This week Terence and Philip start in on format wars and how we deal with them, particularly acquisition formats vs editing and delivery formats. Is native better? Terry tells us about Super LoiLoScope, which apparently can play anything.
Discussion moves to the advantages of “new code” and the role of Randy Ubilos at Apple. Then on to the relative merits of ProRes and DNxHD codecs, including “offline” quality. Plus working from multiple sources.
Then conjecture on what happens if we took all the metadata (including location) for cameras from a concert, and let every person watching switch their own view, which leads to discussion of latency.
Eventually the discussion reaches iMovie on iPhone and the role of location metadata.
Update: In this episode Philip refers to an amusing presentation at the MediaMotion Ball by Brian Maffitt. Carey Dissmore provided the link. http://imugonline.com/events/2008/video.shtml Video 1 about 2’20” in Brian starts to discuss how much better everything was going to be in the future.
In this third episode Terence and Philip discuss what went wrong with Matchframe Video – where Terence was employee one – and what business lessons can be applied to any production or post production business. They compare the trends in video post with other industries. The discussion continues as to what they’d do if starting out now. And, of course, discussion of Apple’s direction with Final Cut Pro gets included.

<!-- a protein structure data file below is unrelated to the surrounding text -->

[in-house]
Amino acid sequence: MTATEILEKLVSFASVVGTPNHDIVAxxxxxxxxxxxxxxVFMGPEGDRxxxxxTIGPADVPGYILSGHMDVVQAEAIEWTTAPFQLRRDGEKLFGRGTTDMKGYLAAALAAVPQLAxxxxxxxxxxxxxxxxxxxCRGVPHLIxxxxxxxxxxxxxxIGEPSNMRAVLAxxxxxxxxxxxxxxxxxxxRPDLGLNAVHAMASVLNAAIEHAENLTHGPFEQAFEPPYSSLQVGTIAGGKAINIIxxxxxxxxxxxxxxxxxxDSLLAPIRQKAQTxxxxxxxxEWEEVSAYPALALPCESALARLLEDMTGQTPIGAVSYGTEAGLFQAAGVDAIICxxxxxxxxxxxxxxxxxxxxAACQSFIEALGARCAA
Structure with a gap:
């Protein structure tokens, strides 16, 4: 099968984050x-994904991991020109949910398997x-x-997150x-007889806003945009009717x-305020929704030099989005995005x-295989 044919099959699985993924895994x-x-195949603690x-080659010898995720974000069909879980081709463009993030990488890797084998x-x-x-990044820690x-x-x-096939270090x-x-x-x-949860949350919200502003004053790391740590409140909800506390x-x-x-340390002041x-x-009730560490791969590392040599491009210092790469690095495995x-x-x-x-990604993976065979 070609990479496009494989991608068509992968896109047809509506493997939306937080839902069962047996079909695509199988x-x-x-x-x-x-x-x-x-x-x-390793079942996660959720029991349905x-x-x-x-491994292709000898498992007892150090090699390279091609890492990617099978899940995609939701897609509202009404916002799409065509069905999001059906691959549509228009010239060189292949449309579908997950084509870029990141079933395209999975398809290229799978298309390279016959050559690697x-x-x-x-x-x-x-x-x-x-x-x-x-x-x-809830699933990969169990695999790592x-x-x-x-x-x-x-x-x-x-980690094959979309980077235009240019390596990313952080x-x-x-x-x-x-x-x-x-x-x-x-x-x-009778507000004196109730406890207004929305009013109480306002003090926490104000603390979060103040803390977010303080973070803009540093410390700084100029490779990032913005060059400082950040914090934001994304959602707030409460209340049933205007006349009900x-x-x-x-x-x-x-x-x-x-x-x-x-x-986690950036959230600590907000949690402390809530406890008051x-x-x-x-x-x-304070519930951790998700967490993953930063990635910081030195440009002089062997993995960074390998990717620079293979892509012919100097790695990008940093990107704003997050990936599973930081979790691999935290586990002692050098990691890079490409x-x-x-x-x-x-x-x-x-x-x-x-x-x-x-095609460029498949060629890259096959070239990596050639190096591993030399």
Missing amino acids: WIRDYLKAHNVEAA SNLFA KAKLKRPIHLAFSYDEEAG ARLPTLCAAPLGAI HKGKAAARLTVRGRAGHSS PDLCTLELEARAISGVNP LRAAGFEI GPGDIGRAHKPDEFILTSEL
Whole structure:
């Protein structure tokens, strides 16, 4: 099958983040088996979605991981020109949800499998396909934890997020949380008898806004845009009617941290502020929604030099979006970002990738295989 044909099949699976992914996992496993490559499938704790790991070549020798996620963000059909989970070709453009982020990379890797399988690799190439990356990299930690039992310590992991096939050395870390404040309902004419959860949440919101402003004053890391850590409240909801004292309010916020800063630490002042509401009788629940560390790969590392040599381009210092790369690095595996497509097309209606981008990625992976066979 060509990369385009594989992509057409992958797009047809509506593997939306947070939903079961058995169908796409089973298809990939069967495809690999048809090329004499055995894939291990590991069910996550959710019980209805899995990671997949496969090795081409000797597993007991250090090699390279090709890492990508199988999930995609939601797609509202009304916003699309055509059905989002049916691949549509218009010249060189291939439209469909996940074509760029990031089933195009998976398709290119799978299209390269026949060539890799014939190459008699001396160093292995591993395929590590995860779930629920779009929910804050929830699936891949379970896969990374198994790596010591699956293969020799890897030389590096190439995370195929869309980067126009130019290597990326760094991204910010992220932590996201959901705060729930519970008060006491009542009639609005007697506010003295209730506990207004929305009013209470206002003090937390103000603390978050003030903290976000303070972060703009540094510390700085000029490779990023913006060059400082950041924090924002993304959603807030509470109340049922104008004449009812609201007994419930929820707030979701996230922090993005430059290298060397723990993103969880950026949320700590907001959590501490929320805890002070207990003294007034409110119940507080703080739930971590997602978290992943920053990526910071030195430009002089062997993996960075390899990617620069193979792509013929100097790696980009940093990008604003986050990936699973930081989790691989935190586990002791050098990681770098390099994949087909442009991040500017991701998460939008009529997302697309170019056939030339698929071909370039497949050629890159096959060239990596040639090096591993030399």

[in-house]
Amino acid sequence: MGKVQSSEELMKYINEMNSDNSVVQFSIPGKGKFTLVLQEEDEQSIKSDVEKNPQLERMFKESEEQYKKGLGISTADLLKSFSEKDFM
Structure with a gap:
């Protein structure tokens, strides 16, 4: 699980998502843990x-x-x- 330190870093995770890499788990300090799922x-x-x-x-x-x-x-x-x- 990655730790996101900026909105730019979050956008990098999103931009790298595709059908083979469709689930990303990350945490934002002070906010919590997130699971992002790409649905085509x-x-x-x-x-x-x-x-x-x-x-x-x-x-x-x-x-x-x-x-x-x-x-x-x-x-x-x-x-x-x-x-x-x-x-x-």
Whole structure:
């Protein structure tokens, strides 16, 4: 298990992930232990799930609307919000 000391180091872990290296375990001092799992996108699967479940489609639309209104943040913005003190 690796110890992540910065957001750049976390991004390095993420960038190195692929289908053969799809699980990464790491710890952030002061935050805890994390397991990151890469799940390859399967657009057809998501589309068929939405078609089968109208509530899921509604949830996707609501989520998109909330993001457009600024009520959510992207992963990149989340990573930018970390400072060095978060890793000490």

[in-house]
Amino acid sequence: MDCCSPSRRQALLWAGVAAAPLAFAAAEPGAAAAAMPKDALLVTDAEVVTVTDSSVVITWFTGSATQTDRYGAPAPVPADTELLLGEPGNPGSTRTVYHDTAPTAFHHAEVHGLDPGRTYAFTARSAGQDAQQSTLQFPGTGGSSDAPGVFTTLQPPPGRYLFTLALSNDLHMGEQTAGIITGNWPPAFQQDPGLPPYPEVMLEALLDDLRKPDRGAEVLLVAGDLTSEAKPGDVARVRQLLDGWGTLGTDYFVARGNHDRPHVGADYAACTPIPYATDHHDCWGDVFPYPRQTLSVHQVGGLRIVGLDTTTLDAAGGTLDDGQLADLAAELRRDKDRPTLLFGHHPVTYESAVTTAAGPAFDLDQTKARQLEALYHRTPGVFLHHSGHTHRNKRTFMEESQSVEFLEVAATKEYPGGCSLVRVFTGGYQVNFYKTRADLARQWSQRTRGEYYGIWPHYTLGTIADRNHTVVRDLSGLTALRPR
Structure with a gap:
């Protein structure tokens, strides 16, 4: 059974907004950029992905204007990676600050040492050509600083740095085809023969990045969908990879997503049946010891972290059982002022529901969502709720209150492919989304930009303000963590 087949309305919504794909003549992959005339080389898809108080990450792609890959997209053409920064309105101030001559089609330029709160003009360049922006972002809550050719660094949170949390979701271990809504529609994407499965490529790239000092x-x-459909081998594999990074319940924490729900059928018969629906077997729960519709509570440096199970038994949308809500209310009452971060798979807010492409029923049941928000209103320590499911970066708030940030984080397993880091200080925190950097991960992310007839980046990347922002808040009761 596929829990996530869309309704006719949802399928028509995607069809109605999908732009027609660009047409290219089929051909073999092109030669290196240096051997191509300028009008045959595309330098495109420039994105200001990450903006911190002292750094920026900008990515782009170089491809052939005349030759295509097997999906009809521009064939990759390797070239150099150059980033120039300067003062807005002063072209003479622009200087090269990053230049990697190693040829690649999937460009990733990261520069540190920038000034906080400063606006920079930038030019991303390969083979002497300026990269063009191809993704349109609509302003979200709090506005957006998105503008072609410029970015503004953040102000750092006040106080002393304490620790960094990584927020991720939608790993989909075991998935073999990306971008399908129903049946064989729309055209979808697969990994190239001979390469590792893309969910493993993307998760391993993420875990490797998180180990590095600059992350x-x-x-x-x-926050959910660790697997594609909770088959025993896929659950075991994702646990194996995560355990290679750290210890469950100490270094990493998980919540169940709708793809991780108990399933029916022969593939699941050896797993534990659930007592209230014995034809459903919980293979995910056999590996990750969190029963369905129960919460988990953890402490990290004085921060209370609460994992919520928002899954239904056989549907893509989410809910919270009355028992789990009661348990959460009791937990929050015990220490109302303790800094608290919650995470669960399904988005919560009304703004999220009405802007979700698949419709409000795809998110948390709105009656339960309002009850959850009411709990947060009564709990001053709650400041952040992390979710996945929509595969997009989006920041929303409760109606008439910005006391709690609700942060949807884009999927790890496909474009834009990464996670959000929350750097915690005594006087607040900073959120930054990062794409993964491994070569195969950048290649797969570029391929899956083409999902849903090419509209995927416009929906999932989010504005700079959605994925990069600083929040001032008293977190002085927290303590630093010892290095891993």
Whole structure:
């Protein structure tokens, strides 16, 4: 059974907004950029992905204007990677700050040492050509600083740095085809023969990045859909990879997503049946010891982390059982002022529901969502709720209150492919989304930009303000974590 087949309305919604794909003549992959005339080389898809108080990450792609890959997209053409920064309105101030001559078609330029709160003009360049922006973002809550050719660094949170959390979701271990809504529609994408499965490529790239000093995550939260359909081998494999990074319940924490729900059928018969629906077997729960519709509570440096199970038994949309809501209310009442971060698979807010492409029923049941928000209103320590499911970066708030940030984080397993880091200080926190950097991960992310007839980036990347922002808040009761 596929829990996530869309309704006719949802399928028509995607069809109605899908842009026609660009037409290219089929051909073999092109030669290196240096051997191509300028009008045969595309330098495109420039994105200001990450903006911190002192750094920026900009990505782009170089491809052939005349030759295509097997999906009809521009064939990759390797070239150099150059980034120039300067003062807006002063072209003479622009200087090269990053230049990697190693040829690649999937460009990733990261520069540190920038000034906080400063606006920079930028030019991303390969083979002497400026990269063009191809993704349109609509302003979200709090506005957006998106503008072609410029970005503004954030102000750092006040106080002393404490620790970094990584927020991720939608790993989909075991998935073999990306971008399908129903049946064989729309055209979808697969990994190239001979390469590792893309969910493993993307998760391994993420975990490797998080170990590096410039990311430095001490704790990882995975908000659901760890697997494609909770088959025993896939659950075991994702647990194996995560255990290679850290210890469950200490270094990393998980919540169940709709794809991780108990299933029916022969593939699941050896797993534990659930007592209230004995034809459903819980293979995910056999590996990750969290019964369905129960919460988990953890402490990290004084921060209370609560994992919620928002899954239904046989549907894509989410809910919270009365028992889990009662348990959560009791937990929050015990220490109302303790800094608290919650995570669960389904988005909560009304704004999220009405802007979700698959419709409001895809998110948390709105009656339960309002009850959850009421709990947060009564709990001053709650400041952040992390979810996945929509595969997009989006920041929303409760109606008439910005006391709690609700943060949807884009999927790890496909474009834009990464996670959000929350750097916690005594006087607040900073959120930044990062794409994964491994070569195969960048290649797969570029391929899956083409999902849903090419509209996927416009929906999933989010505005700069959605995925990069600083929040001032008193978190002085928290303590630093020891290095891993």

The show starts with discussion of the iPhone 4 as a production tool and continues into the antenna issues before talking about some of the films already produced on the iPhone.
Video as another sort of literacy and the implications then back to the iPhone – particularly the opportunity cost of lining up for an iPhone. Then some real-world observation of iPad in use. Philip rants about why Television is more of a challenge than movies.
The discussion continues onto the economics of television production. Philip then introduces Clay Shirky’s essay on The Collapse of Complex Business Models and the implications for existing production and distribution structures. Wrapping up into a summary of how production may work in the future, in a crude way and what business models might work.
The discussion then moves into the inevitability of change and the new models of marketing and revenue and the methods of building an audience.
Philip then wraps up talking about their new software prEdit, launched at the end of July from Assisted Editing.
In which Terence and Philip clarify that they are 1) Not Canadian, 2) have no connection with any other show by any similar name, and 3) are politically incorrect. Discussion then moves on to whether or not Apple need to remake Log and Capture for the next version of Final Cut Pro, which covers some program writing background and how important architecture is to a software application. Naturally Philip turns the discussion toward metadata and what can theoretically be done to automate workflows with metadata in the future.
Before the show concludes they wonder if Apple’s market share will decline in the face of strong offerings from Avid (Media Composer 5) and Adobe (Premiere Pro CS5).